Make sure your companion animal has a warm place to sleep, off the floor and away from all drafts.
Does your dog spend a lot of time engaged in outdoor activities? Increase his supply of food, particularly protein.
Antifreeze is a lethal poison for dogs and cats. Be sure to thoroughly clean up any spills from your vehicle, and consider using products that contain propylene glycol rather than ethylene glycol.
Never leave your dog or cat alone in a car during cold weather. A car can act as a refrigerator in the winter, holding in the cold and causing the animal to freeze to death.
Thoroughly wipe off your dog’s legs and stomach when he comes in out of the sleet, snow or ice. He can ingest salt, antifreeze or other potentially dangerous chemicals while licking his paws, and his paw pads may also bleed from snow or encrusted ice.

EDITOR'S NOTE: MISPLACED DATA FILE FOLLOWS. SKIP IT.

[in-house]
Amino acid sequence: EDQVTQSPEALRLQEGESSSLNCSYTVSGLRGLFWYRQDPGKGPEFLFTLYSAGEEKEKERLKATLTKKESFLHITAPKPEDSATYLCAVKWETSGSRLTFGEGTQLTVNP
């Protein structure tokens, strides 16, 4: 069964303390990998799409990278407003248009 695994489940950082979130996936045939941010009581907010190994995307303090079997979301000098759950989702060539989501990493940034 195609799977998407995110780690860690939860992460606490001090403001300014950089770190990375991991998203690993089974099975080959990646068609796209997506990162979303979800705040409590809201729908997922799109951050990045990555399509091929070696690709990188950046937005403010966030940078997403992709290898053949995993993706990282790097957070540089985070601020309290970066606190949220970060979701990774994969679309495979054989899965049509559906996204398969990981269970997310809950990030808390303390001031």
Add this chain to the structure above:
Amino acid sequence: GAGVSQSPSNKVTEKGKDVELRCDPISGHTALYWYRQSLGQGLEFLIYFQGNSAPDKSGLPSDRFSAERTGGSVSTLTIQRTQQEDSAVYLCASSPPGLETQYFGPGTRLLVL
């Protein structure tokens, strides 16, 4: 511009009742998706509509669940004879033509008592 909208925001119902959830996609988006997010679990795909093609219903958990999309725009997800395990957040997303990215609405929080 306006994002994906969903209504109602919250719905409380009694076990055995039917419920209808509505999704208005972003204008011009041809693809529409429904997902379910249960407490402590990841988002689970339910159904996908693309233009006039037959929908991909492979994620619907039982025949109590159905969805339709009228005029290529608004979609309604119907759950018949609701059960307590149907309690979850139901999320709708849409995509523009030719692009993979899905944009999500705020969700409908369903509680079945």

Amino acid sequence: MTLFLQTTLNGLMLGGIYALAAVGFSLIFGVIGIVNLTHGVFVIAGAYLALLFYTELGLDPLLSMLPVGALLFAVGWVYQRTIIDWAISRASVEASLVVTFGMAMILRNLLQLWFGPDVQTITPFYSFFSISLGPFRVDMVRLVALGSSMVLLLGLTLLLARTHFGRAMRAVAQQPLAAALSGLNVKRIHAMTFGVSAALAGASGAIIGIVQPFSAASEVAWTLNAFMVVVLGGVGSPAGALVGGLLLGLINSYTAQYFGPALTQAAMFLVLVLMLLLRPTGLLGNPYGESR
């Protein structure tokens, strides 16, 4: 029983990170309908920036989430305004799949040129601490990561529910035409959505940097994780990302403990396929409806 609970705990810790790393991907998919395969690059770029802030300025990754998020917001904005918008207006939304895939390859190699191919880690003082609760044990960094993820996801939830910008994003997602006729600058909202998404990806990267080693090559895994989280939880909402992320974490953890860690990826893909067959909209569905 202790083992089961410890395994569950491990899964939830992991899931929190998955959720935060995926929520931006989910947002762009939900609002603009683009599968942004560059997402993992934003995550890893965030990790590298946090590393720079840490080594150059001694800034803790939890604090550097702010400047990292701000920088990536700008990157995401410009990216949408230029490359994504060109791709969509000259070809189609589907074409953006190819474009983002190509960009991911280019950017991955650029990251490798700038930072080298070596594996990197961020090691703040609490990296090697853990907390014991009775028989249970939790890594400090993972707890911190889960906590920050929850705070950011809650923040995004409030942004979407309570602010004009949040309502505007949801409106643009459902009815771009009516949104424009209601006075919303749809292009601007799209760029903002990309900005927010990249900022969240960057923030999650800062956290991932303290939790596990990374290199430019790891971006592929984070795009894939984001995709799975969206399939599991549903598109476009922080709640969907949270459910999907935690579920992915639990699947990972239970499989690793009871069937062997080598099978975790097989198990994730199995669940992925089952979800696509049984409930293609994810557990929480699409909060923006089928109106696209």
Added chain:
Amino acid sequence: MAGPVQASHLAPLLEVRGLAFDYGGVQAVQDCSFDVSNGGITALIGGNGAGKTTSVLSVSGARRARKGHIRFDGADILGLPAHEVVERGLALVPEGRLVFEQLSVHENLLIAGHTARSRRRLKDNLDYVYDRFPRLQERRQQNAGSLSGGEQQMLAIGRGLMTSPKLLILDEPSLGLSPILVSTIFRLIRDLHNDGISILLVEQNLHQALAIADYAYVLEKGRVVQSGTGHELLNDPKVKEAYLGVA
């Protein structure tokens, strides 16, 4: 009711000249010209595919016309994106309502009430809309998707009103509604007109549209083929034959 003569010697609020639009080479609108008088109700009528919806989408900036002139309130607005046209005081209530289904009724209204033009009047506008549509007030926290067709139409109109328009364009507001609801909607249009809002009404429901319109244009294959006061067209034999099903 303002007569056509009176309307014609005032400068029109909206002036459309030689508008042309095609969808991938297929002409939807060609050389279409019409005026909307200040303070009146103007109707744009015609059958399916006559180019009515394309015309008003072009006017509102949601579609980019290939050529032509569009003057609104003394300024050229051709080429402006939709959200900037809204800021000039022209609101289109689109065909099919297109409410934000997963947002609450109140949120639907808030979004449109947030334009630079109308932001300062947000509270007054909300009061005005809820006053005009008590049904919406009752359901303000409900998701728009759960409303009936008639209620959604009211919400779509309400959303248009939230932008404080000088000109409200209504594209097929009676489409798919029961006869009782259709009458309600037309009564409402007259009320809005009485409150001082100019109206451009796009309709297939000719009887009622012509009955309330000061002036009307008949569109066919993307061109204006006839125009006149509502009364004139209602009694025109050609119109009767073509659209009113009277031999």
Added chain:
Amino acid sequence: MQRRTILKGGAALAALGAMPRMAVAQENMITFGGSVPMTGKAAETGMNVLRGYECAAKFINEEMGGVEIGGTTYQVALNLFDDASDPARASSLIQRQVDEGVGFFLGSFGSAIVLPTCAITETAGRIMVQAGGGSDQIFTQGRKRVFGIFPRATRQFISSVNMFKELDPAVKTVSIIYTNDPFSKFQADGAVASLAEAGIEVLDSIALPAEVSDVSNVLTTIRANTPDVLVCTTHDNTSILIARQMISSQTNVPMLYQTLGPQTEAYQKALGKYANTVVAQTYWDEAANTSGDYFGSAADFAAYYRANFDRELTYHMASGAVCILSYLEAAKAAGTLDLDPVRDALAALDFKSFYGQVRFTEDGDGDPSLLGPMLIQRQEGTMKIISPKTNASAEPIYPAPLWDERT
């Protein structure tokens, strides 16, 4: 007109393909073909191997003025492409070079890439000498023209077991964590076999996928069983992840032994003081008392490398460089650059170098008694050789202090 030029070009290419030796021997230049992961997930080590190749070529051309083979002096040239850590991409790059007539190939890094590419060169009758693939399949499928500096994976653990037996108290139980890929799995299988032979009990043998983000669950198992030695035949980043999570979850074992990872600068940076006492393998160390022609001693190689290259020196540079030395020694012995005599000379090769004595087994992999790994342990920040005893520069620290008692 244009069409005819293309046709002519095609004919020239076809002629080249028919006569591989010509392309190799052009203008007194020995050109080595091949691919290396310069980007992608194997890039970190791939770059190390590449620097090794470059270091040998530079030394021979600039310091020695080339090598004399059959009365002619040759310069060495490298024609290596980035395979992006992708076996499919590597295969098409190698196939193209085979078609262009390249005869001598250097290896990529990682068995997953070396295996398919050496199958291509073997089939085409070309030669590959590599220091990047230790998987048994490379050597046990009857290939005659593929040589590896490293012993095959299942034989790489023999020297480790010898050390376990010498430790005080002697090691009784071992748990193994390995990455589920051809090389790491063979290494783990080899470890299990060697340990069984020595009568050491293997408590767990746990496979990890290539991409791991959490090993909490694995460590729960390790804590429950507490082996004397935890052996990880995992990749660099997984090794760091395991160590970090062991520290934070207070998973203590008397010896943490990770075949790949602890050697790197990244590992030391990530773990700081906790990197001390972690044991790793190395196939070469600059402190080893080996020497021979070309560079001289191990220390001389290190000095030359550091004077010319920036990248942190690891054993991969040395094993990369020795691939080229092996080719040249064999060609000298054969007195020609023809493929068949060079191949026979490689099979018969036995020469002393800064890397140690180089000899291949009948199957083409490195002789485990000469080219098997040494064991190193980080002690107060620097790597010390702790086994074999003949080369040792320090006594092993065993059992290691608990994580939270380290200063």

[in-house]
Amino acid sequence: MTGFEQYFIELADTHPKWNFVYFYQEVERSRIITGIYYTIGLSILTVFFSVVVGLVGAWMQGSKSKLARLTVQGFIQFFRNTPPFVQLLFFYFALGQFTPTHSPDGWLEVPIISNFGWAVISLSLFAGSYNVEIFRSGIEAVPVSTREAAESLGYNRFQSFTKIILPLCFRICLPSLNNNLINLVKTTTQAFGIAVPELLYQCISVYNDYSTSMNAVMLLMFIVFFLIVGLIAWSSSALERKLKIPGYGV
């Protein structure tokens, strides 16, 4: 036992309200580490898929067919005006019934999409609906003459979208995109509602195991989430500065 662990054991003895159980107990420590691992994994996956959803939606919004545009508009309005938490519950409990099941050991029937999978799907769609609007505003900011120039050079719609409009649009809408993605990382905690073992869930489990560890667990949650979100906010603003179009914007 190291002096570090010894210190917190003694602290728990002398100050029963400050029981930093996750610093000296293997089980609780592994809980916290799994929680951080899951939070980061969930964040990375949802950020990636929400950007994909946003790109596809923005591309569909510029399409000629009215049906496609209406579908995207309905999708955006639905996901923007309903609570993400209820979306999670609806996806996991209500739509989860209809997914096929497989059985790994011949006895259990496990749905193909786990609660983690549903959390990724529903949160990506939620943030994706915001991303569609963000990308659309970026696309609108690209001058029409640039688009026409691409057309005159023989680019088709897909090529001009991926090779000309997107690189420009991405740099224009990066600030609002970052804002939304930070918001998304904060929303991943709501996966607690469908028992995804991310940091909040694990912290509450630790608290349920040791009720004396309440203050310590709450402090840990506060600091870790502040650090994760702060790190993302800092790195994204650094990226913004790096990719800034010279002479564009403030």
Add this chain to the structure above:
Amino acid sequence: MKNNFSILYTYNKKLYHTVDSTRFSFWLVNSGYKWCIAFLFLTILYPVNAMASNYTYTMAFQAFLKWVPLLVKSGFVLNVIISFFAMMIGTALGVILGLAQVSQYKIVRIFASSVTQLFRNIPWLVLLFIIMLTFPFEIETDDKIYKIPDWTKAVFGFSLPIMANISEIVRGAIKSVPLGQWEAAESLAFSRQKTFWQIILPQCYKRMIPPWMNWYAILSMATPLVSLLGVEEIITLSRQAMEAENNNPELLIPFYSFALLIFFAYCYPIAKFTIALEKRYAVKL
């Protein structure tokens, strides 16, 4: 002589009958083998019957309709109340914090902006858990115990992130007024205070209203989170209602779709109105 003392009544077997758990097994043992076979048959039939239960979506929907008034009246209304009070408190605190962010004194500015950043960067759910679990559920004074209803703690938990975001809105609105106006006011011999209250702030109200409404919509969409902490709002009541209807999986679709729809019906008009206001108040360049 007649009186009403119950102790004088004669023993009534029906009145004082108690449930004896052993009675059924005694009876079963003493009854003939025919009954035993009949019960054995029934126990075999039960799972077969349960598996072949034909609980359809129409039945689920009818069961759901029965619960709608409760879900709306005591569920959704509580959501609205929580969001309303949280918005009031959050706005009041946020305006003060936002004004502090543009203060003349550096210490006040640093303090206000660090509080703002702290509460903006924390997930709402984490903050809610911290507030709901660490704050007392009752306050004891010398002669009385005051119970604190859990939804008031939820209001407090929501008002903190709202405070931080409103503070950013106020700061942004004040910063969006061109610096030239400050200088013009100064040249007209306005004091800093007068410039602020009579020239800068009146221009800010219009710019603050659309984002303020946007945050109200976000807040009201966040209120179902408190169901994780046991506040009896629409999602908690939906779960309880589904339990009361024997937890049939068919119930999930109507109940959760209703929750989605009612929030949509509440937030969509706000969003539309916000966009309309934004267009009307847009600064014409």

During the winter, outdoor cats sometimes sleep under the hoods of cars. When the motor is started, the cat can be injured or killed by the fan belt. If there are outdoor cats in your area, bang loudly on the car hood before starting the engine to give the cat a chance to escape.
Keep your cat indoors. Felines can freeze, become lost or injured in snow-coverd terrain.
Never let your dog off the leash on snow or ice, especially during a snowstorm—dogs can lose their scent and easily become lost.
When you bathe your dog in the colder months, be sure to completely dry him before taking him out for a walk.
Never shave your dog down to the skin in winter, as a longer coat will provide more warmth. Consider getting a short-haired breed a coat or sweater with a high collar or turtleneck with coverage from the base of the tail to the belly.